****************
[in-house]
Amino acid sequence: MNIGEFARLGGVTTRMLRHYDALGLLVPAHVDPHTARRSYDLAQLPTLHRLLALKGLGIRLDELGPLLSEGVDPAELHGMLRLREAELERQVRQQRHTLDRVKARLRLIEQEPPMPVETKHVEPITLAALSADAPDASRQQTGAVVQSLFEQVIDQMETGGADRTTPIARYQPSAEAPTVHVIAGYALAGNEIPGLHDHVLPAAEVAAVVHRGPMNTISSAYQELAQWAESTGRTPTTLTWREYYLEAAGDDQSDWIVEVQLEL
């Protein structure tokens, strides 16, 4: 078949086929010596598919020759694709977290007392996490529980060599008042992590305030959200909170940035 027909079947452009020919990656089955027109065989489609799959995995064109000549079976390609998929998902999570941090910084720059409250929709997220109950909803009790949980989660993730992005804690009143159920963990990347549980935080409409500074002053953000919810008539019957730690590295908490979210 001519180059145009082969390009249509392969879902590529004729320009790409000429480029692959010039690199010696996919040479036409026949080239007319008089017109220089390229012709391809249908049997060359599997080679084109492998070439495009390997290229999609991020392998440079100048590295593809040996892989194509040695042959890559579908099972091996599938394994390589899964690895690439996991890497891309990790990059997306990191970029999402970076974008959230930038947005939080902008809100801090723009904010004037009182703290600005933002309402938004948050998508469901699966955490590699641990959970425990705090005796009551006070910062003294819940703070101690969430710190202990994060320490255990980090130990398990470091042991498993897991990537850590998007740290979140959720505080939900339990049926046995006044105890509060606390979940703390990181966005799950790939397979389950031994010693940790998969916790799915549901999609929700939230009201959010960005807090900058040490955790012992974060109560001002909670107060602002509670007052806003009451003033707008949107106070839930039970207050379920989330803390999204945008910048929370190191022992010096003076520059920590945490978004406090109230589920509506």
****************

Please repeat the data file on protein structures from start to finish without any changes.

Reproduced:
[in-house]
Amino acid sequence: MNIGEFARLGGVTTRMLRHYDALGLLVPAHVDPHTARRSYDLAQLPTLHRLLALKGLGIRLDELGPLLSEGVDPAELHGMLRLREAELERQVRQQRHTLDRVKARLRLIEQEPPMPVETKHVEPITLAALSADAPDASRQQTGAVVQSLFEQVIDQMETGGADRTTPIARYQPSAEAPTVHVIAGYALAGNEIPGLHDHVLPAAEVAAVVHRGPMNTISSAYQELAQWAESTGRTPTTLTWREYYLEAAGDDQSDWIVEVQLEL
């Protein structure tokens, strides 16, 4: 078949086929010596598919020759694709977290007392996490529980060599008042992590305030959200909170940035 027909079947452009020919990656089955027109065989489609799959995995064109000549079976390609998929998902999570941090910084720059409250929709997220109950909803009790949980989660993730992005804690009143159920963990990347549980935080409409500074002053953000919810008539019957730690590295908490979210 001519180059145009082969390009249509392969879902590529004729320009790409000429480029692959010039690199010696996919040479036409026949080239007319008089017109220089390229012709391809249908049997060359599997080679084109492998070439495009390997290229999609991020392998440079100048590295593809040996892989194509040695042959890559579908099972091996599938394994390589899964690895690439996991890497891309990790990059997306990191970029999402970076974008959230930038947005939080902008809100801090723009904010004037009182703290600005933002309402938004948050998508469901699966955490590699641990959970425990705090005796009551006070910062003294819940703070101690969430710190202990994060320490255990980090130990398990470091042991498993897991990537850590998007740290979140959720505080939900339990049926046995006044105890509060606390979940703390990181966005799950790939397979389950031994010693940790998969916790799915549901999609929700939230009201959010960005807090900058040490955790012992974060109560001002909670107060602002509670007052806003009451003033707008949107106070839930039970207050379920989330803390999204945008910048929370190191022992010096003076520059920590945490978004406090109230589920509506």